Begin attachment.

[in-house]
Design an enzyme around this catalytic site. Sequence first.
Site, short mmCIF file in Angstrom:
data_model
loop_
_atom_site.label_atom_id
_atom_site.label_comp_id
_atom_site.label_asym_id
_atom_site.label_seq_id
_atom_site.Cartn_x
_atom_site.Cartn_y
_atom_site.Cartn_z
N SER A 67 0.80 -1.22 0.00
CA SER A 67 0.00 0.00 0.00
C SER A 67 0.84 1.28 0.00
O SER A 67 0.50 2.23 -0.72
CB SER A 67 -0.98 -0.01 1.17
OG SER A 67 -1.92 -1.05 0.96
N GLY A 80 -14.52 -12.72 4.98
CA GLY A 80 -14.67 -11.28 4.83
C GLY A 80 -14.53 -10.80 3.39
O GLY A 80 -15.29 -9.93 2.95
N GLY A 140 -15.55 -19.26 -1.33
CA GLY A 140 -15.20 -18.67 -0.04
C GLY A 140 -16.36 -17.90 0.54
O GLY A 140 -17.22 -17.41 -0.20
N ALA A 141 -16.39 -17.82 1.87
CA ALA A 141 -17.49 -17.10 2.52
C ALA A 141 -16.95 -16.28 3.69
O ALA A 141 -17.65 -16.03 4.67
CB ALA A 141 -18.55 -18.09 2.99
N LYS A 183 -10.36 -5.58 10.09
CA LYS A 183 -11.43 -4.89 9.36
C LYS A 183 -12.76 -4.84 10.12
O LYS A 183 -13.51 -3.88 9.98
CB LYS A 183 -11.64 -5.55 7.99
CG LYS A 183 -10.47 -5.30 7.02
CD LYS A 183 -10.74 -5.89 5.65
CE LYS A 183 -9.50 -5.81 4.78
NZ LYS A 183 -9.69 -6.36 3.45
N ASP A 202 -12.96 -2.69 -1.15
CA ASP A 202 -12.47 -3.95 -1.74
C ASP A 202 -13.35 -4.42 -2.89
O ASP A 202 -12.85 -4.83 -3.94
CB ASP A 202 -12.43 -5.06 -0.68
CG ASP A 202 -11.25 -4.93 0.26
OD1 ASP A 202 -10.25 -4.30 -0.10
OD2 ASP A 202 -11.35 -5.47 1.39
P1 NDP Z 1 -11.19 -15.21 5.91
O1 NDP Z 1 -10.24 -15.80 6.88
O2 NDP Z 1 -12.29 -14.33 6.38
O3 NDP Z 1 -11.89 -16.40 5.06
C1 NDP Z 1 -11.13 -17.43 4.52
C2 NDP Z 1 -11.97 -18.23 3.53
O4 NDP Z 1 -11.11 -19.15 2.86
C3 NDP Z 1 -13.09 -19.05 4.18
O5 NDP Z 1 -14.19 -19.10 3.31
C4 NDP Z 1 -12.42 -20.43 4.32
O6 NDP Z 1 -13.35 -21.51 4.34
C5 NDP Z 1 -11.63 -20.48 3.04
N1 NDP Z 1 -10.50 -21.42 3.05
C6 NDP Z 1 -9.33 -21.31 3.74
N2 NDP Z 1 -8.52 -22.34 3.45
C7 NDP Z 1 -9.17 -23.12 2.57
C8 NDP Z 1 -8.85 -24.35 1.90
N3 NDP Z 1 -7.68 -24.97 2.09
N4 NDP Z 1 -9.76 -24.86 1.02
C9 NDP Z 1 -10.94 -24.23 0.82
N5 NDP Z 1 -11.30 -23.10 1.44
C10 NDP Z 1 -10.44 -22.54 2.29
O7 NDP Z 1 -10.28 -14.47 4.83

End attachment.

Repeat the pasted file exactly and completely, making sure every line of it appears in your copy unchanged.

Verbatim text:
[in-house]
Design an enzyme around this catalytic site. Sequence first.
Site, short mmCIF file in Angstrom:
data_model
loop_
_atom_site.label_atom_id
_atom_site.label_comp_id
_atom_site.label_asym_id
_atom_site.label_seq_id
_atom_site.Cartn_x
_atom_site.Cartn_y
_atom_site.Cartn_z
N SER A 67 0.80 -1.22 0.00
CA SER A 67 0.00 0.00 0.00
C SER A 67 0.84 1.28 0.00
O SER A 67 0.50 2.23 -0.72
CB SER A 67 -0.98 -0.01 1.17
OG SER A 67 -1.92 -1.05 0.96
N GLY A 80 -14.52 -12.72 4.98
CA GLY A 80 -14.67 -11.28 4.83
C GLY A 80 -14.53 -10.80 3.39
O GLY A 80 -15.29 -9.93 2.95
N GLY A 140 -15.55 -19.26 -1.33
CA GLY A 140 -15.20 -18.67 -0.04
C GLY A 140 -16.36 -17.90 0.54
O GLY A 140 -17.22 -17.41 -0.20
N ALA A 141 -16.39 -17.82 1.87
CA ALA A 141 -17.49 -17.10 2.52
C ALA A 141 -16.95 -16.28 3.69
O ALA A 141 -17.65 -16.03 4.67
CB ALA A 141 -18.55 -18.09 2.99
N LYS A 183 -10.36 -5.58 10.09
CA LYS A 183 -11.43 -4.89 9.36
C LYS A 183 -12.76 -4.84 10.12
O LYS A 183 -13.51 -3.88 9.98
CB LYS A 183 -11.64 -5.55 7.99
CG LYS A 183 -10.47 -5.30 7.02
CD LYS A 183 -10.74 -5.89 5.65
CE LYS A 183 -9.50 -5.81 4.78
NZ LYS A 183 -9.69 -6.36 3.45
N ASP A 202 -12.96 -2.69 -1.15
CA ASP A 202 -12.47 -3.95 -1.74
C ASP A 202 -13.35 -4.42 -2.89
O ASP A 202 -12.85 -4.83 -3.94
CB ASP A 202 -12.43 -5.06 -0.68
CG ASP A 202 -11.25 -4.93 0.26
OD1 ASP A 202 -10.25 -4.30 -0.10
OD2 ASP A 202 -11.35 -5.47 1.39
P1 NDP Z 1 -11.19 -15.21 5.91
O1 NDP Z 1 -10.24 -15.80 6.88
O2 NDP Z 1 -12.29 -14.33 6.38
O3 NDP Z 1 -11.89 -16.40 5.06
C1 NDP Z 1 -11.13 -17.43 4.52
C2 NDP Z 1 -11.97 -18.23 3.53
O4 NDP Z 1 -11.11 -19.15 2.86
C3 NDP Z 1 -13.09 -19.05 4.18
O5 NDP Z 1 -14.19 -19.10 3.31
C4 NDP Z 1 -12.42 -20.43 4.32
O6 NDP Z 1 -13.35 -21.51 4.34
C5 NDP Z 1 -11.63 -20.48 3.04
N1 NDP Z 1 -10.50 -21.42 3.05
C6 NDP Z 1 -9.33 -21.31 3.74
N2 NDP Z 1 -8.52 -22.34 3.45
C7 NDP Z 1 -9.17 -23.12 2.57
C8 NDP Z 1 -8.85 -24.35 1.90
N3 NDP Z 1 -7.68 -24.97 2.09
N4 NDP Z 1 -9.76 -24.86 1.02
C9 NDP Z 1 -10.94 -24.23 0.82
N5 NDP Z 1 -11.30 -23.10 1.44
C10 NDP Z 1 -10.44 -22.54 2.29
O7 NDP Z 1 -10.28 -14.47 4.83